First Czechoslovak radiotelephone networks: AMR
Czechoslovakia did not participate in the development of international mobile networks in the 1970s, the isolation caused by the iron curtain and Russia’s policy towards non-socialist countries was a clear separation of socialist countries from the problems of Western mobile networks. Moreover, during the seventies and quite distinctly in the eighties, there was an outdated socialist industry which, especially in the price-sensitive field of electronics for ordinary (ie non-military) use, was unable to keep up with the world. This was primarily due to the lack and poor quality of the components.
AMR — an automated city radiotelephone
The first Czech mobile network called AMR (Automatizovaný Městský Radiotelefon — Automated City Radiotelephone, sometimes also called AMRAD) was started in the mid-1970s in Tesla Pardubice, then a state-of-the-art radiocommunication workplace producing radios and radios. The basis for development was the popular Tesla Selectic radiocommunication system, based on the fact that the station listened to the carrier of its so-called selective choice, which recognized the incoming call. This mechanism of selective choice was also taken to the first Czech mobile network.
A lot later, the AMR network created a number of legends and deposits of half-truths, through which the true nature of this network was somewhat blurred. Therefore, you need to be aware of the starting factors.
Especially in the CSSR at the time of rigid normalization, it was absolutely unthinkable for a normal citizen to use any radio, let alone a cell phone. Even radio amateur licenses and the use of amateur radio stations were under close supervision, unlicensed radio operation was not considered.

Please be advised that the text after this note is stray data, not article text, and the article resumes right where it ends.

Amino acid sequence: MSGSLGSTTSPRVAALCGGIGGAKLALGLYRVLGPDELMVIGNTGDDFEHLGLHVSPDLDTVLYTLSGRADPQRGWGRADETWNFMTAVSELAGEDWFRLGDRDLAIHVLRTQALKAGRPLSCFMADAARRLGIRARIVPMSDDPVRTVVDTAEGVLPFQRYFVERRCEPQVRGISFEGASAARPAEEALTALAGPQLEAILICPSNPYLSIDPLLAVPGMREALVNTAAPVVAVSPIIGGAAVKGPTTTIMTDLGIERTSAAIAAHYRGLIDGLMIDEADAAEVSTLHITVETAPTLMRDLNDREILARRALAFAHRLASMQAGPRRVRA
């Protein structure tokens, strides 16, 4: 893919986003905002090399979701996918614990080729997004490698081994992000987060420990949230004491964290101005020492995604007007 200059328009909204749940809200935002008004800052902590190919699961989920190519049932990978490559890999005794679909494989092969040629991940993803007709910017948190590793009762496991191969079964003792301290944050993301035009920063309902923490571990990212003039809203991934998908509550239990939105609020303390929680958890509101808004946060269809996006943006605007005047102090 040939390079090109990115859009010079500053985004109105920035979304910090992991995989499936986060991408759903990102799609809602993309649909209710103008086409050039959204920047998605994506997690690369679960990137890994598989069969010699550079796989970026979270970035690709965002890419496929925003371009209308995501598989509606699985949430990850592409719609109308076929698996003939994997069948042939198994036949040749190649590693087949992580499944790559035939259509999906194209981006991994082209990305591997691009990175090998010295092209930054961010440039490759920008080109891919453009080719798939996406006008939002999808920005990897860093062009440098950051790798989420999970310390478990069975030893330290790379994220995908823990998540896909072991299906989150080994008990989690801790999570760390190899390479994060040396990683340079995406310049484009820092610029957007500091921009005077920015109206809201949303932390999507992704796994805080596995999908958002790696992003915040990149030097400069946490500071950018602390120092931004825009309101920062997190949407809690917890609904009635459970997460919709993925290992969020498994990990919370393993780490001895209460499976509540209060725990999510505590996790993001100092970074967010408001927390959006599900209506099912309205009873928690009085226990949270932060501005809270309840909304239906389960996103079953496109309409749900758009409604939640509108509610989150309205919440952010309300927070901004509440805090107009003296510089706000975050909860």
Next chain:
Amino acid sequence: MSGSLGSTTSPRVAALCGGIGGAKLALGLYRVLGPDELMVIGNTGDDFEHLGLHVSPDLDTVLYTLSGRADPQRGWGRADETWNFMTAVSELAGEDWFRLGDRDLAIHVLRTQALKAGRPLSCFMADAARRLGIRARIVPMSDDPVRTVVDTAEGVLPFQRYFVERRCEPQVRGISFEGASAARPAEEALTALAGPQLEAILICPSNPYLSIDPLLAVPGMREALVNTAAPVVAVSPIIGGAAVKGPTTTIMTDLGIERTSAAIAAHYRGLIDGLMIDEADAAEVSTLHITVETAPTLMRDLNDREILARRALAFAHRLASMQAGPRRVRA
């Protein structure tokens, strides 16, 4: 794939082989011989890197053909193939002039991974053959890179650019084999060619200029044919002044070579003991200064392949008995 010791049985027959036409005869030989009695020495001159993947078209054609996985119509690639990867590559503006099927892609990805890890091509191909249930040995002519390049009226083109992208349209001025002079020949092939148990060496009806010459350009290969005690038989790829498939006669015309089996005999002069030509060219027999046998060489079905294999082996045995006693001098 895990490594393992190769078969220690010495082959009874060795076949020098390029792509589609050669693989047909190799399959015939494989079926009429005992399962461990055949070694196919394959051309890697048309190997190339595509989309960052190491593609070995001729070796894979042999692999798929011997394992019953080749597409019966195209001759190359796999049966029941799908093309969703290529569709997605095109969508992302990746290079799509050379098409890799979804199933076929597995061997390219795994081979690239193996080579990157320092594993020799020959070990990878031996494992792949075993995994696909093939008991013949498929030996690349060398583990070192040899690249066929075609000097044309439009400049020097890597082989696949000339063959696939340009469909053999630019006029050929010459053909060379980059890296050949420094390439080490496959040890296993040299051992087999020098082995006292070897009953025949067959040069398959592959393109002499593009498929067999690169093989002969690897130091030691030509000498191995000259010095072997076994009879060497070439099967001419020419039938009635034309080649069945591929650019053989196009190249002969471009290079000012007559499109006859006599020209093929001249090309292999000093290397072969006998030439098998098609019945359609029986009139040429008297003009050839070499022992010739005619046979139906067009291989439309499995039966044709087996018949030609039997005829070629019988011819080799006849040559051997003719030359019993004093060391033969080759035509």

The AMR mobile network has been developed strictly for the purpose of postal and telecommunications management, ie for intra-sectoral purposes, especially for network service and in-house roadside communication. This was a prerequisite for the determination of the mobile network as well as the whole solution that had many restrictions for the real “commercial” traffic that the mobile network had attempted twenty years later. Later it was said that its main purpose was to “serve the papalas” — but that was not true, she did not offer enough comfort for this destination and did not really count on it.
Above all, AMR did not expect a participant to be elected automatically, no matter where it is. Since it was intended to be used for state owned telecom company SPT staff always moving within the UTO, it was necessary to select the UTO preference for the call to the AMR network within the reach of the AMR mobile station. Due to the lack of localization of the participant, the development of the AMR system was significantly faster and the system could also be implemented significantly faster. AMR also differed from first generation foreign systems, in fact, it was only analogous to the oldest radiotelephony networks, but it was followed by ten to twenty years later.
Another limitation of AMR was the decision to work with a four-digit numbered space, meaning that there may be a maximum of 10,000 clients in the AMR network.
No other services than the incoming and outgoing calls were expected to be used. No other service has ever been provided. From the outset, it was also not considered that the system should provide foreign telephone connections — employees of the resort did not need it.
Another specialty was the absence of billing support. This made the system very simple and fast to implement. This was later a major obstacle for commercial traffic, with which the operator eventually knew the advice.
Although we are talking about one AMR network, at the time of the greatest glory, there were even three essentially separate AMR networks — experimental, operating on the 162/167 MHz, 161/165 MHz and 152/157 MHz band. These networks were both independent and frequency and if you wanted to switch to another network, you could do this by shifting the channel tuner switch using a screwdriver. User comfort could not be said, the knowledge of the user by whom the branch of the link was assumed was assumed.